Adobe's Game of Mao
You may have played Mao, the only card game created with the goal of reducing new players to tears. I don't mean this in a figurative sense, either. I mean real, literal tears which may accompany fighting and card-throwing. Just ask my mom. (On second thought, don't.)
Anyone who knows me knows that I love having a good time at the expense of others. Mao takes it a step further. The game is designed with the idea of forcing someone to learn the arbitrary rules by actively ensuring that they lose, and lose really badly. The sport of Mao isn't really in winning against others who know the rules. It's in crushing the defenseless, penalty card by penalty card.
In a sense, the object of the game is to prevent people from learning how to play the game, for the sole purpose of being able to repeatedly penalize them for not knowing what the hell is going on. Apparently, Adobe's web developers enjoy treating their users with the same level of respect.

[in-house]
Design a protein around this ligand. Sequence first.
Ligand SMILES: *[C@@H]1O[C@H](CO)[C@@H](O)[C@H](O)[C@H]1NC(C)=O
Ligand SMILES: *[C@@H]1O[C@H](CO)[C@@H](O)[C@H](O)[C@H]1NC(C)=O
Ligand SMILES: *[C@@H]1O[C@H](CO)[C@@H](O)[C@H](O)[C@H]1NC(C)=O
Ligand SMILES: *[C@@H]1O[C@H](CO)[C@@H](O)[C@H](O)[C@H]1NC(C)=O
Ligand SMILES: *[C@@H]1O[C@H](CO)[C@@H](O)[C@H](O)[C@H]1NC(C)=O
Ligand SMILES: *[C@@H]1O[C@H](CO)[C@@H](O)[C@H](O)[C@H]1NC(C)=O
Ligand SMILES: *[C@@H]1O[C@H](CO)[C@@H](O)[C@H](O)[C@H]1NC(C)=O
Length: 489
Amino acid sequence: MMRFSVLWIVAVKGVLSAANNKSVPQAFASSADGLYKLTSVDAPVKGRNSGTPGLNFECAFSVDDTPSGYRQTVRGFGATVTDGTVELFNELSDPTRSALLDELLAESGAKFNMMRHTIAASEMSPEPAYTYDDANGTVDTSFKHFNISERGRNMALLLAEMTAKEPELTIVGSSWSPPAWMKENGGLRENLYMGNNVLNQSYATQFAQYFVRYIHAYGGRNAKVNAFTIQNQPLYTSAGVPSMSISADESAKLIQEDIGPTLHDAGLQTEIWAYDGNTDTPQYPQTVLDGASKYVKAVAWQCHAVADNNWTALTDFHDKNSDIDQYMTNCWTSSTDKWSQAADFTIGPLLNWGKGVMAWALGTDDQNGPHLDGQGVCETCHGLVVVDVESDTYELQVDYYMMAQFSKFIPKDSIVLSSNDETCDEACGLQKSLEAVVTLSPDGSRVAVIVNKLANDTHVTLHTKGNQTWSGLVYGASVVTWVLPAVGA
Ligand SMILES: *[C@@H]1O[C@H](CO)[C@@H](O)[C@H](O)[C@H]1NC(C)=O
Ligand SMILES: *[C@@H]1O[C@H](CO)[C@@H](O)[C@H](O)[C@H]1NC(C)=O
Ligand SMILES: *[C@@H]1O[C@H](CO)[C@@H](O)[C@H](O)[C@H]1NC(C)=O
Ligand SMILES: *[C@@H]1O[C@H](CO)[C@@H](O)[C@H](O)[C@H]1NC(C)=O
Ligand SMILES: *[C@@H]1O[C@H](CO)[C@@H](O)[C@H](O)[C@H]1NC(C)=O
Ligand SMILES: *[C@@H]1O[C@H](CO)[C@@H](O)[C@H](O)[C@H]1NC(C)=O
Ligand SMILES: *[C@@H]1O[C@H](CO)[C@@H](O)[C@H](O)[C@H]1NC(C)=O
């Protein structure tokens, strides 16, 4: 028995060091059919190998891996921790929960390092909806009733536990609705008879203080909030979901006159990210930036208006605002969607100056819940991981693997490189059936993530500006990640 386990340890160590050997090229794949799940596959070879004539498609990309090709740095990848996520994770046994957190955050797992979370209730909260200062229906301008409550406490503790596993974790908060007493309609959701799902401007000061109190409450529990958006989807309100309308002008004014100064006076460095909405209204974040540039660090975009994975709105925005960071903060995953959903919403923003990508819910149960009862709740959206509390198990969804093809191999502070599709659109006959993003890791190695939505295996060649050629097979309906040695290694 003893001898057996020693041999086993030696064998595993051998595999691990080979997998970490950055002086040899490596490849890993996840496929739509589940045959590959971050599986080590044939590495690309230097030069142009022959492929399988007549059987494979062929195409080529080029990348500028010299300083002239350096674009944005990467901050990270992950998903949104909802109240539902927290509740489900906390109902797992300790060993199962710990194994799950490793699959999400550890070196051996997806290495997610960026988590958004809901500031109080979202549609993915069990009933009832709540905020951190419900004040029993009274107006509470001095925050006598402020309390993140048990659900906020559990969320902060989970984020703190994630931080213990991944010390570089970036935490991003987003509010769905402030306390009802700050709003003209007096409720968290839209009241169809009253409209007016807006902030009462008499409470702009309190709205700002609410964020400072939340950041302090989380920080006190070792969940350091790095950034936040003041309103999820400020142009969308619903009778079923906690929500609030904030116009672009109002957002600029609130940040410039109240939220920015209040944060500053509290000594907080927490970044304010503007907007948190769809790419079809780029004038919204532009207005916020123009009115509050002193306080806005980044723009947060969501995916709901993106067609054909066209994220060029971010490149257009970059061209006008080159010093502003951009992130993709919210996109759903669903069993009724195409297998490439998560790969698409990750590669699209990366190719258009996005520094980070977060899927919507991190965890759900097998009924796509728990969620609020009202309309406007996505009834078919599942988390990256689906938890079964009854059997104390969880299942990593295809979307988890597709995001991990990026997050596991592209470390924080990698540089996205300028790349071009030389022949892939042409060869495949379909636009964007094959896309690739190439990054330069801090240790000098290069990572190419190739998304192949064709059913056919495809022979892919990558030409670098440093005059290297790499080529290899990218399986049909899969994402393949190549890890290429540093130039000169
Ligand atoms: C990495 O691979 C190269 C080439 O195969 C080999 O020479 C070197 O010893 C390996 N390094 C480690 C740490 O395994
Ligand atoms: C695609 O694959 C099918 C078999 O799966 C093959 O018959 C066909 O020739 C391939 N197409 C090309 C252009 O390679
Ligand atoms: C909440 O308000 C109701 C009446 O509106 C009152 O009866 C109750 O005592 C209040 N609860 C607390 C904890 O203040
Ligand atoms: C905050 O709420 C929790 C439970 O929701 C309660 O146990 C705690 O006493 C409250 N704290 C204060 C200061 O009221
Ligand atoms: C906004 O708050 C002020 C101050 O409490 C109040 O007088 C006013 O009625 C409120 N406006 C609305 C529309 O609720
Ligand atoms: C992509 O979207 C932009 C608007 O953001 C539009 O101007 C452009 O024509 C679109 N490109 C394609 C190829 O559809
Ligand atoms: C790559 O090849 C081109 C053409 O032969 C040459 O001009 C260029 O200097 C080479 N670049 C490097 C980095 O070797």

Site Requirements? Where?
A few days ago I needed the ability to save a PDF file as text. Ghostscript's text conversion didn't seem to work that well on the particular PDF I had, and the PDF viewing software I normally use wouldn't allow me to save as text without a paid upgrade.
After much wailing and gnashing of teeth, I visited Adobe's website to download the bloated Acrobat Reader, and a warning caught my eye at the top of the page:
The first clue to me that Adobe's webpage is in serious need of a redesign is the fact that they need a page dedicated to telling me what I must run to view their consumer-oriented website. I understand the need for such a page on a video streaming site such as YouTube, or an application such as Google Maps, but adobe.com is not and should not be simply a showcase of technology. Primarily, it should be a usable website to anyone who wants to know about the company and/or download their products.